And what gives me the right to make this claim? Nothing, really. But I’ve yet to see a single interpretation with an iota of coherency that would allow the plain teachings of Jesus- as we know them in modern translations from the Gospels- to allow for the shunning of these children in need (or those accompanying them, for that matter, but especially them).

I’m aware that tragic interpretations of Christianity have for centuries encouraged and embraced horrors from slavery to genocide. But I’ve never seen anything Jesus himself purportedly uttered that could ever be used to justify anything but welcoming these children -pawns in a miserable game of limited and lopsidedly distributed resources- with open arms. No matter if it’s inconvenient, impractical, unwise, unfair even, or anything else.

It’s often irritating, and indeed sometimes far worse that that. Like millions before me, I’ve struggled with the clear demands of this same revolutionary, inscrutable, polarizing figure my entire sentient life. Although not Jesus himself, a Biblical author named James is credited with writing that religion undefiled before God is this: To attend to widows and orphans in their distress, and to remain unstained from the world.

I’ve failed miserably at the second part of this command. My only hope, for whatever shadow of a Christian I may still be or eventually die as, is not to fail at the first.

Regardless of the practical considerations.

Regardless of the geopolitical implications.

Regardless of the foolishness, recklessness, or even downright deception of any adult involved.

If you will turn a child back into the night, you cannot call yourself a Christian.

 

 

George F. Will: Championing Male Paranoia, Ignorance, and the Status Quo

“Never doubt that a small group of thoughtful, committed citizens can change the world; indeed, it’s the only thing that ever has.”

Attributed to the anthropologist Margaret Mead, this sentiment is both insightful and beautiful, but deceivingly tragic as well. If, after all, Mead was right that only small, committed groups of people have really changed the world, then it’s exactly because human beings as they’ve assembled in larger groups never would or could.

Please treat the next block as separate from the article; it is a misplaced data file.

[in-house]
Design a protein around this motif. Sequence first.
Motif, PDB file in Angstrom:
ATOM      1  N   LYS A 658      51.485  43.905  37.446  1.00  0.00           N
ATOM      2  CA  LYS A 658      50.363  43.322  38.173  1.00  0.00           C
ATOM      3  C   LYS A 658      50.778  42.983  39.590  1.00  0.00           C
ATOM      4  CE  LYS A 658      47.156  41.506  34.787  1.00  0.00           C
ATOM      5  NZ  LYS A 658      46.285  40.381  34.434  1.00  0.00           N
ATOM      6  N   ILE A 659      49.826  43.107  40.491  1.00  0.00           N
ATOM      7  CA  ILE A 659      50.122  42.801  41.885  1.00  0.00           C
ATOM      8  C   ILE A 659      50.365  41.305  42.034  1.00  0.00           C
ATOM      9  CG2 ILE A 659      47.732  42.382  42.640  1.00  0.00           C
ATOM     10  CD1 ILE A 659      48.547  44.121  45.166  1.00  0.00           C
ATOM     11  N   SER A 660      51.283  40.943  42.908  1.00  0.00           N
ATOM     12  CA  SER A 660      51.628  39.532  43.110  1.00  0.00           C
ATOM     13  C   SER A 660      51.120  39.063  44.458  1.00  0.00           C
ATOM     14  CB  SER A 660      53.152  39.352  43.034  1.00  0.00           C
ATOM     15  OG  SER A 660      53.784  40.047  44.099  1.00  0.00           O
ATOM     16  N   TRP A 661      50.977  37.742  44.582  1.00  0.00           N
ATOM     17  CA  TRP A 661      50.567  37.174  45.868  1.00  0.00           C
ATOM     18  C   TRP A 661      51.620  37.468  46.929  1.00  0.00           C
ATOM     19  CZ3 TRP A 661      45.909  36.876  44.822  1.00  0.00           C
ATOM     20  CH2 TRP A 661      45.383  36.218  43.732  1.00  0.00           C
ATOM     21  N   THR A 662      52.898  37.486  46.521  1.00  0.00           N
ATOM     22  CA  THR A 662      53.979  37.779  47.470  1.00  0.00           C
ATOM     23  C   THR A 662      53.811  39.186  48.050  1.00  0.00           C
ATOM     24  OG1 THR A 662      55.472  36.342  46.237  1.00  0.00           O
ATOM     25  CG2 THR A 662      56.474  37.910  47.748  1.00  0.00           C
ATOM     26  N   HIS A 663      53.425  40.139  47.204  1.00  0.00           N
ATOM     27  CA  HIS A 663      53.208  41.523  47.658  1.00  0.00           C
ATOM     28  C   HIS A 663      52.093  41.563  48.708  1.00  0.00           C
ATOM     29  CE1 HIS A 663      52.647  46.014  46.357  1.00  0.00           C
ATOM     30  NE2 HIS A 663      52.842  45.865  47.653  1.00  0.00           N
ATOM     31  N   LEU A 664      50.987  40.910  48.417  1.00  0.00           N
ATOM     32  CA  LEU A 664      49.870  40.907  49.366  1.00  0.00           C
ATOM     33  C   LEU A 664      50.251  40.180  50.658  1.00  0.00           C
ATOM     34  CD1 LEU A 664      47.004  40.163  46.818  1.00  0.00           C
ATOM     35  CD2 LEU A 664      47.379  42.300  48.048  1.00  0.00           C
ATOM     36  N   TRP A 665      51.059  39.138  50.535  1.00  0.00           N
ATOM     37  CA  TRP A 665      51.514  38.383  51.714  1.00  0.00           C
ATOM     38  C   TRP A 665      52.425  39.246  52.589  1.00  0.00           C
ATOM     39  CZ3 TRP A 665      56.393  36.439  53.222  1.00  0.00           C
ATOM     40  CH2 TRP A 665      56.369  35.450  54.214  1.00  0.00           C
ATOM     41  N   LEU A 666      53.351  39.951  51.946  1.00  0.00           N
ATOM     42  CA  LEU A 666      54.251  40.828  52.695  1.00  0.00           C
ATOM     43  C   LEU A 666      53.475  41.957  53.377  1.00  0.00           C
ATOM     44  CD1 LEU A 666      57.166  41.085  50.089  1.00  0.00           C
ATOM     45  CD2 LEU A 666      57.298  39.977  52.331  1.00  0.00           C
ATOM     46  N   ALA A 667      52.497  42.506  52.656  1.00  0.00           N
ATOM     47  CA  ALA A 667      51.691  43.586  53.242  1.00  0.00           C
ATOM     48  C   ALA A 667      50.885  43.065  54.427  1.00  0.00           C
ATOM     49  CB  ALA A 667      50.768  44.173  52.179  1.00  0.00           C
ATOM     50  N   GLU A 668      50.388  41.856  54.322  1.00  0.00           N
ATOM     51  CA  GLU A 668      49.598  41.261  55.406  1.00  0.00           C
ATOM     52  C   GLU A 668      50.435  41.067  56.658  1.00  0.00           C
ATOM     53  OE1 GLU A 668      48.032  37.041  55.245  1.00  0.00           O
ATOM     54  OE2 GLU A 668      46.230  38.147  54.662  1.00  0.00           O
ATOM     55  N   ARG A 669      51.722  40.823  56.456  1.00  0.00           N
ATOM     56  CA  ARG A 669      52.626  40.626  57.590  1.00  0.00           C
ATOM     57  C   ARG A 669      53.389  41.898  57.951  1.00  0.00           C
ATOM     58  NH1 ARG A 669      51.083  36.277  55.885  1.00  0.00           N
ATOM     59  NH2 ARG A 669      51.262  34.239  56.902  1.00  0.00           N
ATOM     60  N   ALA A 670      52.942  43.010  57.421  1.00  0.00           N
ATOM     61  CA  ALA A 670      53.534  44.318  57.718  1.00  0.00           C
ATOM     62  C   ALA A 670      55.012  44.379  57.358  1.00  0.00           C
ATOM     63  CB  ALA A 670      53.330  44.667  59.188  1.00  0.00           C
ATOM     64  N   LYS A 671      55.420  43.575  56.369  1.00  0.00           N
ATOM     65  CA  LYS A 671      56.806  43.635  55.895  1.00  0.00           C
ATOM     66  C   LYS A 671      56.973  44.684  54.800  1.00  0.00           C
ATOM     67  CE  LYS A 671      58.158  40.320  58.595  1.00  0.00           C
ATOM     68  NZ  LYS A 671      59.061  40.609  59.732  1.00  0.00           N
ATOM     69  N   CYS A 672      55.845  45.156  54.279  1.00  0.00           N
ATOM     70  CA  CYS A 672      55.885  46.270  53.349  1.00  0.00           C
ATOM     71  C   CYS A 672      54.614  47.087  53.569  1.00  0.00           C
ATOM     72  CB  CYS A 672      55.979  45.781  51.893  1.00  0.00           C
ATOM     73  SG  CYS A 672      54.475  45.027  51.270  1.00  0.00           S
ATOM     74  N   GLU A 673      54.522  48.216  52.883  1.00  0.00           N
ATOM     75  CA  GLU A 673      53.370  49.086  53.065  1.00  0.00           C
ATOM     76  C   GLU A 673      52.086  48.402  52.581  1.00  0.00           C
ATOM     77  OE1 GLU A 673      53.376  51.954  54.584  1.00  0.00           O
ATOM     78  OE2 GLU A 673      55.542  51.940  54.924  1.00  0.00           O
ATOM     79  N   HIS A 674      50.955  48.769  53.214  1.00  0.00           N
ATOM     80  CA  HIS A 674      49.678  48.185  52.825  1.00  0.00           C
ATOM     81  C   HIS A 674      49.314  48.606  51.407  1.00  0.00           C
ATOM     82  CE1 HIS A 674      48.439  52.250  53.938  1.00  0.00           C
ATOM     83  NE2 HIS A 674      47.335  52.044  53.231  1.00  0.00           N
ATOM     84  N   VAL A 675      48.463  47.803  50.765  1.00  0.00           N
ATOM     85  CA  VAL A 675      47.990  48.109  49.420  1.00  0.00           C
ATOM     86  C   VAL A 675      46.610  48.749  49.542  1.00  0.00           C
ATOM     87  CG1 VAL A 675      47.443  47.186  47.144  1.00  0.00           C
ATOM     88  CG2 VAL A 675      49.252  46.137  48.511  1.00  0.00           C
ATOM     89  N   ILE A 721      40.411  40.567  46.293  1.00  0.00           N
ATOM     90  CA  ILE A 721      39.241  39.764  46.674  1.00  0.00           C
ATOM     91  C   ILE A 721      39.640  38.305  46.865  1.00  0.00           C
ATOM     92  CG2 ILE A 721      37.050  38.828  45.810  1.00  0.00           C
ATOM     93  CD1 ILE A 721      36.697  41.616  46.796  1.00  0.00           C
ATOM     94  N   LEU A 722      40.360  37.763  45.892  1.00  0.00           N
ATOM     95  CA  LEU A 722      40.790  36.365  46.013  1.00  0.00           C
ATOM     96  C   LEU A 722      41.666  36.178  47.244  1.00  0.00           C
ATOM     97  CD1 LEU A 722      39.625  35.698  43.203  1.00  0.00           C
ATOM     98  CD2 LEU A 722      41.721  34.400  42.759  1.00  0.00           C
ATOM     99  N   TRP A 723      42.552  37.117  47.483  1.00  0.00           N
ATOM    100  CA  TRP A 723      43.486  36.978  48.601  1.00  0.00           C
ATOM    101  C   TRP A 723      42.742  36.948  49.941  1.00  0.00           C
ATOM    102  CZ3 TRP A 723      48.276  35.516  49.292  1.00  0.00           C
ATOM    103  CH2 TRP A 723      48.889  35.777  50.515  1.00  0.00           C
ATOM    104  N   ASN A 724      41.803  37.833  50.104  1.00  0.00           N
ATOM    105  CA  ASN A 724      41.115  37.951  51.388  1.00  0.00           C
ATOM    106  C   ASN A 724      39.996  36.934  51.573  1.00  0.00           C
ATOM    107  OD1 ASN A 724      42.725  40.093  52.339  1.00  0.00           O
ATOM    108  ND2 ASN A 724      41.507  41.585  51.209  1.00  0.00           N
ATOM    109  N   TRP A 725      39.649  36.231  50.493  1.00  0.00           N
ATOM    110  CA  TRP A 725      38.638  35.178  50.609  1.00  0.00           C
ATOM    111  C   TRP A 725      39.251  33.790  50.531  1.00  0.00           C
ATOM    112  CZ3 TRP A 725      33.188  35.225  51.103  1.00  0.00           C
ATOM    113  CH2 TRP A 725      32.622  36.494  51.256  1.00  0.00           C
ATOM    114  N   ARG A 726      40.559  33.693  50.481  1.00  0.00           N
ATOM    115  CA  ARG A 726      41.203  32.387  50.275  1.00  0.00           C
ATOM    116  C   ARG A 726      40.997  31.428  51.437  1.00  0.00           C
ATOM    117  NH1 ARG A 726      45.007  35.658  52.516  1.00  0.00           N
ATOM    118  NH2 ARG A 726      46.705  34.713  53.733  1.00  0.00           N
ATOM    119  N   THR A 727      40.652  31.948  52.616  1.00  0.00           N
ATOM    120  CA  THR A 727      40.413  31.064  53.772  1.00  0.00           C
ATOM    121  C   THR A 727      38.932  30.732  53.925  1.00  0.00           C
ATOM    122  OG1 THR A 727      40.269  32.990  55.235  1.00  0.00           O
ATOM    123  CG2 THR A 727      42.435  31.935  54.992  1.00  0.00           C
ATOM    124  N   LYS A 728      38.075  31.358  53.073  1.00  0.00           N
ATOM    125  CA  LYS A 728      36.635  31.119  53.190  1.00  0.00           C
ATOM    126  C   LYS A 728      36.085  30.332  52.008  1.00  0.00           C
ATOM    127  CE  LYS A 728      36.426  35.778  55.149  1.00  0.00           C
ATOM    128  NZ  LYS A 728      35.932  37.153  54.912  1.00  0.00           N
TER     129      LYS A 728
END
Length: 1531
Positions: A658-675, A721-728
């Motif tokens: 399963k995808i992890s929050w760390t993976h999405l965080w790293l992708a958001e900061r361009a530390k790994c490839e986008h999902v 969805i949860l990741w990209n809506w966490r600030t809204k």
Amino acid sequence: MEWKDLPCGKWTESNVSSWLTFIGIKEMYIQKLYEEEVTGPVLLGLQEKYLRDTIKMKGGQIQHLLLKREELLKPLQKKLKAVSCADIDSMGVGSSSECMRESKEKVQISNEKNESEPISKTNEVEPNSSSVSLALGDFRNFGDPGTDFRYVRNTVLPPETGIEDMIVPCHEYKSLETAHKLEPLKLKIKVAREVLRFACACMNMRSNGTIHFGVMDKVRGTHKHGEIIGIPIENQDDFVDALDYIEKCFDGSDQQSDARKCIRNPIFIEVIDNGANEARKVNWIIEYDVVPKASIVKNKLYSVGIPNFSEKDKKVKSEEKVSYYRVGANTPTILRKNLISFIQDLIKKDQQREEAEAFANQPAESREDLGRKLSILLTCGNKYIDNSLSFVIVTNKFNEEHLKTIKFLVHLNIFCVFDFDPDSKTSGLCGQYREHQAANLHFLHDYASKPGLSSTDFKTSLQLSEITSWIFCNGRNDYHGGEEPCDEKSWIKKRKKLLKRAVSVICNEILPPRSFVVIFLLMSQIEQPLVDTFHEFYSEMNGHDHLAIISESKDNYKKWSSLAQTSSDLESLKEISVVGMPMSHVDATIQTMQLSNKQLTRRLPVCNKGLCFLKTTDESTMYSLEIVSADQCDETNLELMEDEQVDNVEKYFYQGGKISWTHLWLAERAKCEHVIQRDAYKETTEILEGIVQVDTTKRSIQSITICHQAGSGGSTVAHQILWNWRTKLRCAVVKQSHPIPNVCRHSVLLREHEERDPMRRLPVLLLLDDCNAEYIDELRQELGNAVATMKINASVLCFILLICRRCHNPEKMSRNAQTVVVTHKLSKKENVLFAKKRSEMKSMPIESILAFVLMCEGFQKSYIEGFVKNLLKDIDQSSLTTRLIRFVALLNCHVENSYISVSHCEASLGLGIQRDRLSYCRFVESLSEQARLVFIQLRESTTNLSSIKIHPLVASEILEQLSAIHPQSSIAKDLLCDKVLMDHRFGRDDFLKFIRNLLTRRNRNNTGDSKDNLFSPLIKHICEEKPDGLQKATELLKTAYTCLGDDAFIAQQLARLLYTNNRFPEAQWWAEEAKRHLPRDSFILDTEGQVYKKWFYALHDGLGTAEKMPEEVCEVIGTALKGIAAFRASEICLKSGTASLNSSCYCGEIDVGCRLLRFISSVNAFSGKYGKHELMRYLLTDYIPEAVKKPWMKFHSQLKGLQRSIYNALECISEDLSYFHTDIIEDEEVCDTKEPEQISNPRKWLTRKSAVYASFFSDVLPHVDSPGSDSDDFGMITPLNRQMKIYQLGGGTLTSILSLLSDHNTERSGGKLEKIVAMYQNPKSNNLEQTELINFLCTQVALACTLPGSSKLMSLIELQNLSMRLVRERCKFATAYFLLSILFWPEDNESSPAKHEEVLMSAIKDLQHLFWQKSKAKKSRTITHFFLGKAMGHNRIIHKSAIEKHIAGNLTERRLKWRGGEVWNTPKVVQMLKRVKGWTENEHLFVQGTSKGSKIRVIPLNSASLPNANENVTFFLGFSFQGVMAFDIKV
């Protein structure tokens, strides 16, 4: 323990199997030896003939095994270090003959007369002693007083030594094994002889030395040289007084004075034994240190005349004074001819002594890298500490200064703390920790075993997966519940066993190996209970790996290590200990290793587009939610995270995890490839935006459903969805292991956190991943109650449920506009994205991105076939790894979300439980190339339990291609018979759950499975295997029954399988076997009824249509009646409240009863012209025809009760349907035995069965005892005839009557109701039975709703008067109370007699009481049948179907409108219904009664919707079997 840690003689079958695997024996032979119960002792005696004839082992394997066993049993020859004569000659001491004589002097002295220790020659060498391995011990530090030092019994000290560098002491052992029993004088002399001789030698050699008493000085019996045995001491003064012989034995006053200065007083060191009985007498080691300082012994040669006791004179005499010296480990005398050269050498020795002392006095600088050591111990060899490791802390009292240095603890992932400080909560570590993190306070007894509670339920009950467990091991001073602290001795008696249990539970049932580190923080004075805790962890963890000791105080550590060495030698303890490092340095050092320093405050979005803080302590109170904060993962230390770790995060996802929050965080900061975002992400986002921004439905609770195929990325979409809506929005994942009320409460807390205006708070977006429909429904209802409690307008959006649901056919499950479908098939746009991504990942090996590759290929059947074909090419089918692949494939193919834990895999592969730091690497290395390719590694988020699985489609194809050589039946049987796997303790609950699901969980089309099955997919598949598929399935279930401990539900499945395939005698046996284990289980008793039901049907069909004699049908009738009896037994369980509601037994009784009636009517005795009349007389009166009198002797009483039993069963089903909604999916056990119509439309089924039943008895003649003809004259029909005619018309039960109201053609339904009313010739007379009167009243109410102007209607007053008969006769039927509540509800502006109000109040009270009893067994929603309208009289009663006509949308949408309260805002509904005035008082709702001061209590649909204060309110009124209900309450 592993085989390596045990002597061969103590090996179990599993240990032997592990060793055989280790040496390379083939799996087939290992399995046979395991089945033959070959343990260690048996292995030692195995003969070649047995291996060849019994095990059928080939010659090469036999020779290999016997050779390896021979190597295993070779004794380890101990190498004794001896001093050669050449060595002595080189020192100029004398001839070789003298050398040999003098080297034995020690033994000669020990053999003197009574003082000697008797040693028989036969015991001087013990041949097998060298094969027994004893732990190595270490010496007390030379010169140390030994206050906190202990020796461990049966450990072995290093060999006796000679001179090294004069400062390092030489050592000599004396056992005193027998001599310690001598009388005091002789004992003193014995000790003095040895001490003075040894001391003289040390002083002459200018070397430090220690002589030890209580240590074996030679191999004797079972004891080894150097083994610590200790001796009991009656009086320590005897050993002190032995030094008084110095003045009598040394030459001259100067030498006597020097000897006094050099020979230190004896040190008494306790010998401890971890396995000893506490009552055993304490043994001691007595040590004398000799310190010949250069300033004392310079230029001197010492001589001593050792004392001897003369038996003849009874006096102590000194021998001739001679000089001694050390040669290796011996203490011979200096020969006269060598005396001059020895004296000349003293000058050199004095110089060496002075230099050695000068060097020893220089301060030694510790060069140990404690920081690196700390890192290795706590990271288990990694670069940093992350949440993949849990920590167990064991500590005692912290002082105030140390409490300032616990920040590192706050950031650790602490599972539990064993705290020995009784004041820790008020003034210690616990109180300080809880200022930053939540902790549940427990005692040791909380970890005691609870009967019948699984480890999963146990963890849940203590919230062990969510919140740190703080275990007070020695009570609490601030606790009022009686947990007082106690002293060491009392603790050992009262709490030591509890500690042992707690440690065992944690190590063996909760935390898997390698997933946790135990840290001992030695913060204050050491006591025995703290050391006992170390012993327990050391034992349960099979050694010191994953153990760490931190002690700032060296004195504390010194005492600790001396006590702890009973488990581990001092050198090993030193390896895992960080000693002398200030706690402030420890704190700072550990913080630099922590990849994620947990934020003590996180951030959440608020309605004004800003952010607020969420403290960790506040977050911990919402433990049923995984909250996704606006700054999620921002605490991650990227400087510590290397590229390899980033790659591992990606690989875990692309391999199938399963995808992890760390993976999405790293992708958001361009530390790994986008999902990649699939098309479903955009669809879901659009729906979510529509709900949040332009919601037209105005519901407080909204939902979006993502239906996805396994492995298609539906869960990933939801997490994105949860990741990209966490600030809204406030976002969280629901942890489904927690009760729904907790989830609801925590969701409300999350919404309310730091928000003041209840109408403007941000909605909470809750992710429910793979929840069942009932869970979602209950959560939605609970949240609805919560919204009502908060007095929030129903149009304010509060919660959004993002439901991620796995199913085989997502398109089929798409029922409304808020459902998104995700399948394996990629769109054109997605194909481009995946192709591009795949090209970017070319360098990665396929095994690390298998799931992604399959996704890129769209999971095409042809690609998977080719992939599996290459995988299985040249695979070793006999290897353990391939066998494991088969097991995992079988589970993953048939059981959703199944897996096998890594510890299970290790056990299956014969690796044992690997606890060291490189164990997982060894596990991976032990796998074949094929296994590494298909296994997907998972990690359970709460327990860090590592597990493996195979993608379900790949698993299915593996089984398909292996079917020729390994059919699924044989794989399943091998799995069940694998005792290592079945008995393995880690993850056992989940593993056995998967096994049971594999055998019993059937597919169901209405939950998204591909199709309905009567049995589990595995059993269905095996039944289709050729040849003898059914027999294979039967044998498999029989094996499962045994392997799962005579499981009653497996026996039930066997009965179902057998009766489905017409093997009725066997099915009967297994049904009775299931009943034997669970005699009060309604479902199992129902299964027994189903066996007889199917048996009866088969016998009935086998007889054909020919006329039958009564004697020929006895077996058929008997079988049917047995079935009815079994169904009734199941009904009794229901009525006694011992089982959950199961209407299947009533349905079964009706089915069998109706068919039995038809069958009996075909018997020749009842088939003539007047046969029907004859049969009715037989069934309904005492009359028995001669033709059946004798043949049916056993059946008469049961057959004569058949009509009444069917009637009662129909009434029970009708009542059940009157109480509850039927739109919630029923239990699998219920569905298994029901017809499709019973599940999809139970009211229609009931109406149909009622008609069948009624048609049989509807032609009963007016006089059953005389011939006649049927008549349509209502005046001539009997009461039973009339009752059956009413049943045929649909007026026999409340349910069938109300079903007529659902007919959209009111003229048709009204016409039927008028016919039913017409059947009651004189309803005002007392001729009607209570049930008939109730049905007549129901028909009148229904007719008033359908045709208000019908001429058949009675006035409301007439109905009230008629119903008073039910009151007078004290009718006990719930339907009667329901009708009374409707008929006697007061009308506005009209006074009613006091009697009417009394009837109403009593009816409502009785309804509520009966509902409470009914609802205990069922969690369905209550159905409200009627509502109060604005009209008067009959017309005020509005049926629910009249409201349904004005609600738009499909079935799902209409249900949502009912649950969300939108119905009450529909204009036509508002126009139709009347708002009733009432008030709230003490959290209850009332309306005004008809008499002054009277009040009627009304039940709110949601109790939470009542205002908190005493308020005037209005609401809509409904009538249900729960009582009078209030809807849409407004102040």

It’s sad but true. Tribes, nation-states, empires and entire civilizations have made, by and large, miserable decisions over the millennia in just about every area of human interaction. In our largest collections, we’ve consistently chosen slavery, patriarchy, militarism, vengeance, racial and sectarian violence, bigotry and greed.

Regardless, hope and progress persist and have moved the world forward; I believe Mead is right that this progress in humanity has been driven in large part not by the masses but by the outliers, the suffering, the unusually reflective, empathic and brave.

When it comes to the shameful and shame-based, age-old shroud of silence that has been draped over survivors of sexual violence, nothing is different. Progress is being made, much of it born of the efforts of women (and some men) who refused at last to suffer silently and who finally punched through to the social consciousness with the feminist and victim’s movements of recent decades.

And now a small but surprisingly growing number are coming forward to expose what’s always been true and almost never acknowledged: Colleges and universities, like most institutional environments, have been havens for sexually violent individuals for far too long, and for reasons that institutional leadership could address far better than it ever has.

But for writers like George F. Will, this shedding of light and move toward accountability must be dismissed as hysteria and the establishment of yet another “victim class” with a hidden agenda. He’s armed with nothing more than one, remarkably atypical and grossly misleading anecdote of an apparently mischaracterized sexual assault. Yet he spends half of a column on its facts before dismissing pretty much all college-aged victims as confused and coddled miscreants, unable to characterize their own experiences due to “hook up culture,” or “hormones, alcohol, and faux sophistication.”